Aid in dying proposal lacks vital safeguards
Despite recent claims made to The News, proposed aid in dying legislation fails to protect New York’s most vulnerable. For one, the proposed bill’s requirement for witnesses lacks appropriate safeguards. A terminally ill patient could easily be manipulated with an interest in hastening death for monetary or other dubious reasons.
The legislation is severely flawed on other fronts. There are insufficient safeguards against abuse because of the limited number of individuals involved in the decision-making process. The attending physician makes all the decisions; there is no other medical oversight.
A flaw ripe for abuse is that the proposed law allows the doctor who prescribes the lethal dose to then sign the death certificate, which falsely lists the underlying illness as the cause of death instead of the lethal drugs.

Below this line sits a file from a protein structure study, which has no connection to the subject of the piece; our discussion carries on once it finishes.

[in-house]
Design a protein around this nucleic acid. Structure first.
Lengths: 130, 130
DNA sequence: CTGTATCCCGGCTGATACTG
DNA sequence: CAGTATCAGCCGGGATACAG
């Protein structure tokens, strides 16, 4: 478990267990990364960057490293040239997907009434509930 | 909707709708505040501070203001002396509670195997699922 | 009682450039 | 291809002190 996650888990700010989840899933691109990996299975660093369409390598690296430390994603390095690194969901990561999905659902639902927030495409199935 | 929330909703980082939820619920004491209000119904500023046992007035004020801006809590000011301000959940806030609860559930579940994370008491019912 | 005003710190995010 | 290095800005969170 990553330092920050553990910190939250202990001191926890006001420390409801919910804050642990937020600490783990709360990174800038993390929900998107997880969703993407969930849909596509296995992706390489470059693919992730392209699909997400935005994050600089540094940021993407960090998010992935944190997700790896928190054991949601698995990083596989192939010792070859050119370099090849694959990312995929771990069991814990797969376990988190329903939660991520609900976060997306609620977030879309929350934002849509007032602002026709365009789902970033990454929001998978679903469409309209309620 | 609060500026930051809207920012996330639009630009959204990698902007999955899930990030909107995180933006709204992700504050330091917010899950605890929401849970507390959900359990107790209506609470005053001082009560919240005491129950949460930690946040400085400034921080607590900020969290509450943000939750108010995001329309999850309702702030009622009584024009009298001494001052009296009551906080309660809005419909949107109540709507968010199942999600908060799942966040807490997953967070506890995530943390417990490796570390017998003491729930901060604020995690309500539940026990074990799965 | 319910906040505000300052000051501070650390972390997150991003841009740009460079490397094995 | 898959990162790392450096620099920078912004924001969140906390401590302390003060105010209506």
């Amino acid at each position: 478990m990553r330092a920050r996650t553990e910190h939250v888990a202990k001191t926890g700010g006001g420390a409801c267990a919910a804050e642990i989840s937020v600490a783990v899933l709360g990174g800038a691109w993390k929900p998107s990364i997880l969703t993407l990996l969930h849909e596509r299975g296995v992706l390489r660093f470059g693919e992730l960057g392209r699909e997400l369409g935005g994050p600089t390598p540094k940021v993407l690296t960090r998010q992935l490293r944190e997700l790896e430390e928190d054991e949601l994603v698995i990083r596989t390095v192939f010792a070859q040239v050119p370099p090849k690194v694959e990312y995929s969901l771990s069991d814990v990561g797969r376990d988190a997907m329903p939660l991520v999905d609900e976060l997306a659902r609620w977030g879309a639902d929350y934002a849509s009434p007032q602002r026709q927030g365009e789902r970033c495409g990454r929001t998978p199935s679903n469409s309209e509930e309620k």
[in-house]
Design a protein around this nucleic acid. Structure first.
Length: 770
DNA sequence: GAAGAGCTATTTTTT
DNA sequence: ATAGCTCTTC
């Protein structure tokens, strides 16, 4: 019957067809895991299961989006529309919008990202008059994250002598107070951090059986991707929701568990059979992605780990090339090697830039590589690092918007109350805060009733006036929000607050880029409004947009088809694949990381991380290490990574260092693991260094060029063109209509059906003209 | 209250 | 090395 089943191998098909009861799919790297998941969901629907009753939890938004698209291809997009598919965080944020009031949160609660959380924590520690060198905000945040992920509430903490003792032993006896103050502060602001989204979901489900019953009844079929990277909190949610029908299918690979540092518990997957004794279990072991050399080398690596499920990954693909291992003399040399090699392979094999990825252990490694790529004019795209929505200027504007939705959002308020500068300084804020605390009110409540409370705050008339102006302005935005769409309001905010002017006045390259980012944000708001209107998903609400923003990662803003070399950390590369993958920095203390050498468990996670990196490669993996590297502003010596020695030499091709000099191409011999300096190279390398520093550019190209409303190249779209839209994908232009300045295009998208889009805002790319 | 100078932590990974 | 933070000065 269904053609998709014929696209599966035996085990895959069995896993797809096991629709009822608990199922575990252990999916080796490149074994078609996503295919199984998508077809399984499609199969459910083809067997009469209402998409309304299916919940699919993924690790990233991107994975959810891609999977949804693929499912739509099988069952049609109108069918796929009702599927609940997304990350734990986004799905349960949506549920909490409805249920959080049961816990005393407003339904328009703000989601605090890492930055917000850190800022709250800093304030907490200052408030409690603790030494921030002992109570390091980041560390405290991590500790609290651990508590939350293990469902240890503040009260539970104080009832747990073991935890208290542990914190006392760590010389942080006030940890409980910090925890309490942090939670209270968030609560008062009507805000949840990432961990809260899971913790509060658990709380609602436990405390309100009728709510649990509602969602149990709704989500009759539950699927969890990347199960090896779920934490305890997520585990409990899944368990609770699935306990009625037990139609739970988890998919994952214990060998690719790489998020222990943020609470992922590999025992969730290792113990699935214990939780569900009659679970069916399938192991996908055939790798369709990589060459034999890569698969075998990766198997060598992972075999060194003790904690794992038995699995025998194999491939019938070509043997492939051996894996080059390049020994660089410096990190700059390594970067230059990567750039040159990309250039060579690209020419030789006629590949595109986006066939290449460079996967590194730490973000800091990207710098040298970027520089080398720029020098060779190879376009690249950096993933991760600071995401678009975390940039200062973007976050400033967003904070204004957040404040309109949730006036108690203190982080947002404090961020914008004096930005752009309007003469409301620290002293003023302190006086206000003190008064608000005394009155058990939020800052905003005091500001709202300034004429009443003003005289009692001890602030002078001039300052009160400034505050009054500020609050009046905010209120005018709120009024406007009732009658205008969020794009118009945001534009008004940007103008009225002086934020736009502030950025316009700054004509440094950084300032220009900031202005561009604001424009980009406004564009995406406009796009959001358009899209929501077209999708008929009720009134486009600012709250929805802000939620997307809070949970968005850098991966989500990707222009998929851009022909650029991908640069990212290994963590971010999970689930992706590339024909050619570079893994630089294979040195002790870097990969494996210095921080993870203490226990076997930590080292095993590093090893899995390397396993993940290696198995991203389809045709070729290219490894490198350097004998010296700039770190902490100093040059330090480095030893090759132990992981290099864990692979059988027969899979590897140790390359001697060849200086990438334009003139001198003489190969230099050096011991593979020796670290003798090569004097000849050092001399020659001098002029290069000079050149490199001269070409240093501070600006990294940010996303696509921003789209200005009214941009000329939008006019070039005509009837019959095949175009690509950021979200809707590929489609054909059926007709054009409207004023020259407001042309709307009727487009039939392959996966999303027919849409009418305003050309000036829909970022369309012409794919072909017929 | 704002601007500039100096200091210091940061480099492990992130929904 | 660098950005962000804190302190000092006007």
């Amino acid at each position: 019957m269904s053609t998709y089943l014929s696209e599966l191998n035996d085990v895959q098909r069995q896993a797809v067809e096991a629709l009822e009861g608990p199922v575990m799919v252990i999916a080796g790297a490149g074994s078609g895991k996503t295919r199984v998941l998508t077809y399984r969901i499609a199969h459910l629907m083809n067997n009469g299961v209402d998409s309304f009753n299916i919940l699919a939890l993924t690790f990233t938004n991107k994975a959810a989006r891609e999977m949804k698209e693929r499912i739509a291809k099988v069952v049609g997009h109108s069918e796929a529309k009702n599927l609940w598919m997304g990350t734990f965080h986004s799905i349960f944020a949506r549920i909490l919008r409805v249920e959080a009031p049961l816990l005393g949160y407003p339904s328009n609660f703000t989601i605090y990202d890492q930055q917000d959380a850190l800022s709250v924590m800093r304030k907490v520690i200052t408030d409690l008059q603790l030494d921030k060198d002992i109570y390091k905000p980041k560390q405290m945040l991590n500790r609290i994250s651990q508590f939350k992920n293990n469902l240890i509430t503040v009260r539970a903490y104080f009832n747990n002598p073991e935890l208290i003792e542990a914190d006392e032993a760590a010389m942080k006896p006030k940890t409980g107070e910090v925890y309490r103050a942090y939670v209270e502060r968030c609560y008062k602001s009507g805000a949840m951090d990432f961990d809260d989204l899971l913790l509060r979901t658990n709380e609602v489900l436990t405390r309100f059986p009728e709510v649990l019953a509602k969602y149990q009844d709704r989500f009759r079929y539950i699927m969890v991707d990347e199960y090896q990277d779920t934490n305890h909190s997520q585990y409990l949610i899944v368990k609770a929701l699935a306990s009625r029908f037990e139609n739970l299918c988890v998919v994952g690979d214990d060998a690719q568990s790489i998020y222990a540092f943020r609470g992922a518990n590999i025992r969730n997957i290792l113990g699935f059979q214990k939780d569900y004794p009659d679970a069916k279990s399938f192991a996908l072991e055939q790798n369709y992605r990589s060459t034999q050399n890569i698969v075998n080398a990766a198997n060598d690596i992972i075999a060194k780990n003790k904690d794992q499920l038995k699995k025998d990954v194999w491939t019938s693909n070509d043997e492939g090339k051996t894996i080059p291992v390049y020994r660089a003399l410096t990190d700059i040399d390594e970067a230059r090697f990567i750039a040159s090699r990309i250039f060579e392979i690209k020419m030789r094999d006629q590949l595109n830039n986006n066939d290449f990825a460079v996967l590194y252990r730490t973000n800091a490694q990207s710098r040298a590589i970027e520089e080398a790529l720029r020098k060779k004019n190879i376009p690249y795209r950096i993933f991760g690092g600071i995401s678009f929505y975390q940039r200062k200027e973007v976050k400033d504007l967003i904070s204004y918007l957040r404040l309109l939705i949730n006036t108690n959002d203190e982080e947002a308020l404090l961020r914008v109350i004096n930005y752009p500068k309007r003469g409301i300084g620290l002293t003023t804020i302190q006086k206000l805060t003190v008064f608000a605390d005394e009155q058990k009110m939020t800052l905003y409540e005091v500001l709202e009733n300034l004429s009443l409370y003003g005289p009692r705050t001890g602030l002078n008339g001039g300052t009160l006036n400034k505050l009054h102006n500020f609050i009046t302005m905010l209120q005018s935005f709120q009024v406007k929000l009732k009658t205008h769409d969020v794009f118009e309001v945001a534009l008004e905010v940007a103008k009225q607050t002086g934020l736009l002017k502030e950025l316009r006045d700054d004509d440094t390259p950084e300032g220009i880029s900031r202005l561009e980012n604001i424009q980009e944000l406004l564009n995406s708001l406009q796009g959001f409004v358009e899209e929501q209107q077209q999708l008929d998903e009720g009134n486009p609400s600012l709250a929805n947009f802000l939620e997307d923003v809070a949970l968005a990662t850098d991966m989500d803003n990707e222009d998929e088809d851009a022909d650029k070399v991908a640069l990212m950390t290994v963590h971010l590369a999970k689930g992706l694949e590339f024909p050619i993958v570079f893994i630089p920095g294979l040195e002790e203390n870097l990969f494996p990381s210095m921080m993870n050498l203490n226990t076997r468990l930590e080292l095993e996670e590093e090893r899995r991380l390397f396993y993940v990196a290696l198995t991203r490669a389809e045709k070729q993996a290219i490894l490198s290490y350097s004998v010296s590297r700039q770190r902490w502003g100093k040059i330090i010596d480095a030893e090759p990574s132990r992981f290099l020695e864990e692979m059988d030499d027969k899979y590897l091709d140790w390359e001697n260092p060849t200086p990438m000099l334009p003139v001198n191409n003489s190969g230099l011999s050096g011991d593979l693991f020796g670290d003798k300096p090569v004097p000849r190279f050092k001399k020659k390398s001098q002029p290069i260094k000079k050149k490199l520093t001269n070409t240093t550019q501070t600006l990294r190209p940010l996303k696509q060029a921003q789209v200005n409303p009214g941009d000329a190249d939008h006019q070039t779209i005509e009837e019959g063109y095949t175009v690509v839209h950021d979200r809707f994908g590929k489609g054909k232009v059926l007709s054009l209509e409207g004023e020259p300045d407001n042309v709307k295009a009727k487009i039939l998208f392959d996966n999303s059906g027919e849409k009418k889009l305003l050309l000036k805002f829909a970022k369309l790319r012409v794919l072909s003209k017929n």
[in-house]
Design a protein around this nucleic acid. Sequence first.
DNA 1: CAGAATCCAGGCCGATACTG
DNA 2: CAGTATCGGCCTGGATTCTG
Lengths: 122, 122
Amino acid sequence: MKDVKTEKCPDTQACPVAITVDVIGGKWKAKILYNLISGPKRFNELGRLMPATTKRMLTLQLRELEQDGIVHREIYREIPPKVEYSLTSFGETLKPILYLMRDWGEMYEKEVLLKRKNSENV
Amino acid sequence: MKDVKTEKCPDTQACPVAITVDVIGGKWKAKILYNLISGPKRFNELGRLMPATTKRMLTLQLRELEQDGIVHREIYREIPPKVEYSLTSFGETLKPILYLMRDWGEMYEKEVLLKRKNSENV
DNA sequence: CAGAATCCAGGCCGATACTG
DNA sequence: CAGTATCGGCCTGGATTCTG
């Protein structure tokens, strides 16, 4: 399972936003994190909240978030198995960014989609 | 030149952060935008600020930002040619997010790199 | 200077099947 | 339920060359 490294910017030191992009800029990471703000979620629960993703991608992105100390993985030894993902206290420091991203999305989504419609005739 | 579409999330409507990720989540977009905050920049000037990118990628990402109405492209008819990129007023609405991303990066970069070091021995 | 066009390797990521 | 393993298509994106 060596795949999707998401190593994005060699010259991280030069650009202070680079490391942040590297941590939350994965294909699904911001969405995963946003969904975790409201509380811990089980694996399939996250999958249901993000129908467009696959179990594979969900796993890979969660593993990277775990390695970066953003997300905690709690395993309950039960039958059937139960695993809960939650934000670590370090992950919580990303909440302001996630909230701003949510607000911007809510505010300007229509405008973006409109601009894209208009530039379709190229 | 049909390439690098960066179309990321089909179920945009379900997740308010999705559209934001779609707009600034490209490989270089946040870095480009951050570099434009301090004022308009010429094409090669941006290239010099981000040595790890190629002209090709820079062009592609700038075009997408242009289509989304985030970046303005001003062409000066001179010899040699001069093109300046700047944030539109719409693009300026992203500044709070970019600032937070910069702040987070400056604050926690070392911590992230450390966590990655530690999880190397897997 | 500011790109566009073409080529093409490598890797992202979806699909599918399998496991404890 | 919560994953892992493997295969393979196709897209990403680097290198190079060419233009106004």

The data from Oregon show that assisted-suicide only benefits a small number of people at the upper end of the income scale who have good health insurance coverage and access to medical treatment.
The legislation ignores the availability of pain management to alleviate suffering of the terminally ill. Advocates have spent millions to urge lawmakers to pass legislation under the guise of compassionate care. If they are truly advocates, then they should put their resources toward reducing the pain and suffering of these individuals, not to expedite their death.
Dennis C. Vacco
Partner, Lippes Mathias
Wexler Friedman LLP, Buffalo